Garrison finished the quarterfinals tied for first place with Hardin County’s Kailee Channell, after both bowled a four-game average of 208.75 (835 total pins).

In the semifinal round, where 24 of the original 54 advanced, Channell and Garrison continued strong bowling, locking up the No. 2 and 3 spots with 1587 amd 1526 pins, respectively. Jordan Mundt of Bartlett took over first place with 1607 pins.

The top six advanced to the “step-ladder” finals.

In the first match, No. 5 and 6 compete, with the winner to meet No. 4. The winner of that then meets No. 3, for the right to play No. 2, with the winner of that finally taking on the No. 1 seed.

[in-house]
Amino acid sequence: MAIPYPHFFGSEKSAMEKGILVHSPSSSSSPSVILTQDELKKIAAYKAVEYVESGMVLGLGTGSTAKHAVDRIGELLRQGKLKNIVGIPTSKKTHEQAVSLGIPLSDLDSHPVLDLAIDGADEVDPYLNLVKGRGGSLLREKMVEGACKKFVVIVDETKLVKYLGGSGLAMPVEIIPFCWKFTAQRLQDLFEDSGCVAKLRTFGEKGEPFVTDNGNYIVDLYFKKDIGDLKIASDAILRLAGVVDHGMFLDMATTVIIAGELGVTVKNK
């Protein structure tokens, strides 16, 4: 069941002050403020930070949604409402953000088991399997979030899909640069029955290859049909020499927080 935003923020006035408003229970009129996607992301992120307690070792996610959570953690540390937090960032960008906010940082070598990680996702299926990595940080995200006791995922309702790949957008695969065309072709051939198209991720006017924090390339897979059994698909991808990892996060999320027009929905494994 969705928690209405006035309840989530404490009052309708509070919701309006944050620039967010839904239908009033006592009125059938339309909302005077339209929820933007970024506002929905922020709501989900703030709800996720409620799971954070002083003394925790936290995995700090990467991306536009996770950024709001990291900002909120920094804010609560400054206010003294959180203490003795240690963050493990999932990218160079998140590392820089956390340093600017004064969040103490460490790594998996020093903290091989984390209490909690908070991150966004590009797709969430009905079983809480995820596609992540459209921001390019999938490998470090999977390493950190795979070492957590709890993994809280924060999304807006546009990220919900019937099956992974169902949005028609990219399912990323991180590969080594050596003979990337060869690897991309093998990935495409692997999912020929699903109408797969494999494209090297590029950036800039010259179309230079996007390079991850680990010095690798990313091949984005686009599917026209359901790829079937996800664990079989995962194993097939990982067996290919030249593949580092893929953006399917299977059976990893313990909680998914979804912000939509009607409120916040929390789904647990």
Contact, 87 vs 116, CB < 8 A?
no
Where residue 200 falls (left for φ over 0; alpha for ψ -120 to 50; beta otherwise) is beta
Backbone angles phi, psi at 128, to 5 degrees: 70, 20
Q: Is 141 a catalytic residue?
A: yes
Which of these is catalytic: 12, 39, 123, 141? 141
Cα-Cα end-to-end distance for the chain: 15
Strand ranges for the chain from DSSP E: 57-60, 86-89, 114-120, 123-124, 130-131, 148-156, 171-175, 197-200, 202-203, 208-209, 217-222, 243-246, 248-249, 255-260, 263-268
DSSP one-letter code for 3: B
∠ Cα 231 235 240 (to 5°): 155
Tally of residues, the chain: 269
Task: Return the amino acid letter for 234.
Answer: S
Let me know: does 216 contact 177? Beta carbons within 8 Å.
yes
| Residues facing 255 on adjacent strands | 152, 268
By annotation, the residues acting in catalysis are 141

As it turned out, No. 6, Kyleigh Husted, a junior at White House High School, advanced all the way through the “step ladder,” defeating 5, 4, 3 (Garrison) and 2, before finally losing to 1- Mundt.

Garrison shot an uncharacteristic 149 in her battle with Husted, who bowled a 190.

Garrison finished ranked fourth in the state.

“Considering I could have bowled a lot worse, I’m very pleased with it,” Garrison said. “To be in the top 10 in the state, I can’t be mad at that. From my personal perspective, I’m a little bit disappointed, bowling a 149. But (I finished) top 5, top 10.”

Garrison said her ball was on target, but pins just kept remaining upright.